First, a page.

“A distinction must be made between bilateral relations and an international conference," Gul said on a visit to Tunisia, after a Turkish diplomat said Ankara had not decided whether to invite France to the conference.
The French parliament passed a law last year making denial that the Ottoman empire committed genocide against its Armenian population a criminal offence, infuriating Turkey.
France had already recognised the killings as a genocide, but the new law sought to go further by punishing anyone who denies this with up to a year in jail and a fine of 45,000 euros.
The French Constitutional Council labelled the law "unconstitutional," but President Nicolas Sarkozy promptly ordered his government to draft a new bill.
Gul called for wide international participation at the Istanbul conference, "including Russia," an ally of Bashar al-Assad's regime, which along with China boycotted the Tunis meet.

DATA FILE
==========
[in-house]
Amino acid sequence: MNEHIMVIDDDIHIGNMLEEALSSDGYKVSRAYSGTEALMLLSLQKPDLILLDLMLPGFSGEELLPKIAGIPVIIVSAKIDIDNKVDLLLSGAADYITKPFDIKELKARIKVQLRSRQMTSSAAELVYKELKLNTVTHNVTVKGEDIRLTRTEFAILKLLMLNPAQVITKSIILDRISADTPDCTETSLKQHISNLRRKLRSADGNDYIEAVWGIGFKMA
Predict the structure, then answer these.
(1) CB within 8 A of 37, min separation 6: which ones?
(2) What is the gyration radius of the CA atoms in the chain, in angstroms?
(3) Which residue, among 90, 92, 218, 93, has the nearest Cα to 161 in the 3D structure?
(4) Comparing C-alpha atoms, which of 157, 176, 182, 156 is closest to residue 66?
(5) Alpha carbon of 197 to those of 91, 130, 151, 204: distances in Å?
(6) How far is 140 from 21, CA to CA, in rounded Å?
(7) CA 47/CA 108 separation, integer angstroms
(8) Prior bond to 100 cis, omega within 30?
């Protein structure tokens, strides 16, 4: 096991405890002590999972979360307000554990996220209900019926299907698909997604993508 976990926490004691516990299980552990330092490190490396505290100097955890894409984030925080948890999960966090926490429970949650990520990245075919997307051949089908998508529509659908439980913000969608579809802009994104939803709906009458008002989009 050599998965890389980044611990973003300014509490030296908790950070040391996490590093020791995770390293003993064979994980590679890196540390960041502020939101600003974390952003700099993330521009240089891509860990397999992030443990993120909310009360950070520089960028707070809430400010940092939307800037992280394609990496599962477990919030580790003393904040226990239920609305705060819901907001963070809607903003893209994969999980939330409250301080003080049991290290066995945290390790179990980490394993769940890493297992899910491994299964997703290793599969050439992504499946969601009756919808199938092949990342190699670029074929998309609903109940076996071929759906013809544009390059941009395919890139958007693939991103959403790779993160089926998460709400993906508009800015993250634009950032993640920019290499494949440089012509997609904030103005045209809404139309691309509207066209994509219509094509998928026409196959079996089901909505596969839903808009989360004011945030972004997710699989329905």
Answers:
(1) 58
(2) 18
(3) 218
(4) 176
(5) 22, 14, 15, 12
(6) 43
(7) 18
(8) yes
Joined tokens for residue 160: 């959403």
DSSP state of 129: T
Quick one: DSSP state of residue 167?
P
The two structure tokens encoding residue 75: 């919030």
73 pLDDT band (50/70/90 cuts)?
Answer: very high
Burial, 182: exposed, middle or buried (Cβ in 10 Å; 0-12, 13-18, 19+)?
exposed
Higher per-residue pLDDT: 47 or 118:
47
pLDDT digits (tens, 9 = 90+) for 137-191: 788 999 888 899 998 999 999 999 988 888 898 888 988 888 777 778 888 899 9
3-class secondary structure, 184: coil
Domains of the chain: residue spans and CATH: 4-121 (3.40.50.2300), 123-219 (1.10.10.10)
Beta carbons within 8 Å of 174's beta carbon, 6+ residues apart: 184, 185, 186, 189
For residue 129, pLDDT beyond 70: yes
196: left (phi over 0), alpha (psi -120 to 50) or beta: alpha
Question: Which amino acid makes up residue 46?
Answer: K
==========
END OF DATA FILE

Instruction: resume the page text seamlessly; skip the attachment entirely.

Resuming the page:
Gul and Marzouki both said they were opposed to any foreign intervention in Syria and stressed the need for a political solution.
Marzouki predicted that "sooner or later the regime will fall," while Gul said, "No regime can stay in power by oppressing its people in this manner."
The Tunisian president has offered asylum to Assad if it helps to bring peace to Syria after nearly a year of violence.
Meanwhile, Syria's deputy oil minister, Abdo Hussameddin, resigned on Thursday to join an anti-regime revolt, as UN-Arab League special envoy Kofi Annan urged a path of diplomacy rather than militarisation to end the crisis in Syria.
On the ground, another four civilians were killed in violence across Syria on Thursday, said the Syrian Observatory for Human Rights, which this week put the number of people killed since the uprising began a year ago at almost 8,500.